NTFS Hard Drive is not the Best Choice for Linux
I think you are not going to get a NTFS formatted USB drive to work automatically. You can however, add a command to your /etc/fstab file and have it mount automatically when you start Linux. You can also mount it manually with the right command from the command prompt. I suggest you modify fstab and add the following line at the top, just under your existing hard drive(s):
/dev/sda1 /Windows/C ntfs ro,users,gid=users,umask=0002,nls=utf8 0 0
1. You must create or already have a folder called /Windows/C for the mount to occur.
2. The drive designation will work if there are no other SATA, SCSI or USB hard drives.
When you look at your fstab file and you see a sdax or sdbx, where x is the number of the partition, you might just assume that your added drive will take on the next drive letter such as sdb1 or sdc1, depending on the order your drives are activated at boot up time.
In order to edit /etc/fstab or create the folder /Windows/C navigate through the menu to:
SyStem/File Manager/File Manager - Super User Mode and enter your root password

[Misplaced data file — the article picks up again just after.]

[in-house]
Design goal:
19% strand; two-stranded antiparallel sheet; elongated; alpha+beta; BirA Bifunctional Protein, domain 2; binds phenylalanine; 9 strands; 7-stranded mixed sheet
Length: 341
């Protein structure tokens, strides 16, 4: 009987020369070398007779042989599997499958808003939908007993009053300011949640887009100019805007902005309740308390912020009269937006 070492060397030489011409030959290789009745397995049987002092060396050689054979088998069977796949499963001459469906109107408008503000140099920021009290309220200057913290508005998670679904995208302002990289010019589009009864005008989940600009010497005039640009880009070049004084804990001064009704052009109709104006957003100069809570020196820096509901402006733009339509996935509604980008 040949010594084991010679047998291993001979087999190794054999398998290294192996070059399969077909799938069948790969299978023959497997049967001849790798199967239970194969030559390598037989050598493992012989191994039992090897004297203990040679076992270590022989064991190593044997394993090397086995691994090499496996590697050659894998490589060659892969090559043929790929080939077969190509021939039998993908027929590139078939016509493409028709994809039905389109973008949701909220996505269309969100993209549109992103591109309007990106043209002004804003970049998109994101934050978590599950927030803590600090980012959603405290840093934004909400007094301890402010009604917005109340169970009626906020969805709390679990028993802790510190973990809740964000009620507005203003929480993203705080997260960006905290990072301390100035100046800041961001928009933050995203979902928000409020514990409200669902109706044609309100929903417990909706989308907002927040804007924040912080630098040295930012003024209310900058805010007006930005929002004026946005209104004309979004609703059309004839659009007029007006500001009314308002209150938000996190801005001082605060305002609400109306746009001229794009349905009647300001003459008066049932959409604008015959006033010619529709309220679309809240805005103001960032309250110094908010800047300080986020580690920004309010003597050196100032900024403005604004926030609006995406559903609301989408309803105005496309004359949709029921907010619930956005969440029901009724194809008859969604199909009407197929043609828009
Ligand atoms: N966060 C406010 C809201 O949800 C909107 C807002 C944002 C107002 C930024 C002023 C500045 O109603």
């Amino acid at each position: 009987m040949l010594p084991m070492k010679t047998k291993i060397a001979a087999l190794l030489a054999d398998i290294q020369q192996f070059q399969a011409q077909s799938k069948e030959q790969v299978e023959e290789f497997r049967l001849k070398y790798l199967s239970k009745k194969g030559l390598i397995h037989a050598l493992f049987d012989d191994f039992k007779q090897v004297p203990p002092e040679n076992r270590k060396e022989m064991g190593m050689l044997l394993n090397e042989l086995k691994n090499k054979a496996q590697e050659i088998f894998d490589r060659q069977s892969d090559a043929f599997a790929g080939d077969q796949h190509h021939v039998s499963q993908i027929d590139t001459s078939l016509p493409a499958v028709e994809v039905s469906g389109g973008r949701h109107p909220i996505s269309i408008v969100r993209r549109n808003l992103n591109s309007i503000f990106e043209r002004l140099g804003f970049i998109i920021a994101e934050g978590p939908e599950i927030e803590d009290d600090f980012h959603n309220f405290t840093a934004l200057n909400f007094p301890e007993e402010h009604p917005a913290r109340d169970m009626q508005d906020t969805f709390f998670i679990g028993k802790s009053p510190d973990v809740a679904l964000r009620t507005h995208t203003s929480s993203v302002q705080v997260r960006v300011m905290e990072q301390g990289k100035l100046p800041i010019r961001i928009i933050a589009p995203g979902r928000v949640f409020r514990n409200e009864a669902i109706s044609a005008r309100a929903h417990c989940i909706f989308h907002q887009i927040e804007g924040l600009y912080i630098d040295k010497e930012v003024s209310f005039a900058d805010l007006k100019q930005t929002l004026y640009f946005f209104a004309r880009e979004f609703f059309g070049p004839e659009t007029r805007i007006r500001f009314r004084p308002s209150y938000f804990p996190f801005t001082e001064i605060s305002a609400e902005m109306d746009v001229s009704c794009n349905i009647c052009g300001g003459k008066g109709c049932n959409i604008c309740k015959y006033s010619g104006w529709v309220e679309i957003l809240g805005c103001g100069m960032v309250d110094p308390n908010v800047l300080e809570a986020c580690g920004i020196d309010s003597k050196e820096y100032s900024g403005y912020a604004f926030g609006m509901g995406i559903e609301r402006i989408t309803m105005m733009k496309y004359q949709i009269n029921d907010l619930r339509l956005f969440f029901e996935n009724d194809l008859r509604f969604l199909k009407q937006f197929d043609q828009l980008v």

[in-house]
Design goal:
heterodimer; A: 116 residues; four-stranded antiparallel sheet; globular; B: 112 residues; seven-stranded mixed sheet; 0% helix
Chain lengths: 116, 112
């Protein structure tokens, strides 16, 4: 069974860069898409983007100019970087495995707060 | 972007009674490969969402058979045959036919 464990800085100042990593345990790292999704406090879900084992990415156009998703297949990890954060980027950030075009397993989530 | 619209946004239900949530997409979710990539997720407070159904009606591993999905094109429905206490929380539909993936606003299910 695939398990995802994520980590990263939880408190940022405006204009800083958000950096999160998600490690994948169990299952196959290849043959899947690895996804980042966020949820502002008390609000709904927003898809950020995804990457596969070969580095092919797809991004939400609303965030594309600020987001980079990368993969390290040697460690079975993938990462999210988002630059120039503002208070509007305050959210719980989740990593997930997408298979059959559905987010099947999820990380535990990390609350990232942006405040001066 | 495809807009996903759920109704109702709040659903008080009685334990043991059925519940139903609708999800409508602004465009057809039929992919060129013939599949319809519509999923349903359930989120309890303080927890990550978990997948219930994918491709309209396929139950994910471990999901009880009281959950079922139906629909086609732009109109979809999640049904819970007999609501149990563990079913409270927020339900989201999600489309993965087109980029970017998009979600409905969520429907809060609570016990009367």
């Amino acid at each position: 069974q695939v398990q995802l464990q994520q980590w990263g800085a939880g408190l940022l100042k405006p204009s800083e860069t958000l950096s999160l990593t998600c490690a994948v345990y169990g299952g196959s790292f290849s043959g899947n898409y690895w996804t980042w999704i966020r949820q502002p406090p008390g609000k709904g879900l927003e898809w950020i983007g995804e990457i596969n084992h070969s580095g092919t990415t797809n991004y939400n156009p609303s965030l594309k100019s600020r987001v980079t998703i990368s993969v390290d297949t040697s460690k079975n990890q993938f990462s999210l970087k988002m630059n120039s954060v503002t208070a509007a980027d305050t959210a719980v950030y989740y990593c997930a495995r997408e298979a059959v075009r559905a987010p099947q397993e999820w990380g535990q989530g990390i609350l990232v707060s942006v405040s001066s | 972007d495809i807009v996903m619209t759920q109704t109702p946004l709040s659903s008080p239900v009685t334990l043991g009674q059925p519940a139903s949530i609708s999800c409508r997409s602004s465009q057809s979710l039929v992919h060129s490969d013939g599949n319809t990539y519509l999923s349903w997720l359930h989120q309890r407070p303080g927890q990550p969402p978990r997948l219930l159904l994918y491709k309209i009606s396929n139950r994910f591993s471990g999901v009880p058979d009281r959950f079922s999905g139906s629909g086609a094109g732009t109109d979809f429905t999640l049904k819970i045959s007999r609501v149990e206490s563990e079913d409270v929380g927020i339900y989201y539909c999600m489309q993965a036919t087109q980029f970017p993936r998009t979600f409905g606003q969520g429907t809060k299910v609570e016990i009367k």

Select the red folder on the left for Root Folder and then Select the Root Folder in the tree at the top. Select Edit/Create New/Folder and then enter "Windows". Next Select Windows in the Tree and Select Edit/Create New/Folder and enter "C". Next Select the /etc folder and in the folder list right click on the file fstab and open with the editor of your choice. Make your changes and save them.
Finally, restart your system to automatically mount this disk drive. Until you reformat the drive using FAT32, you will be only able to look and load the files. You can not write natively to NTFS partitions without loading an external driver that can do that for you. I use a program from Paragon software that costs $40 to do that. There is at least one other free alternative mentioned in this form.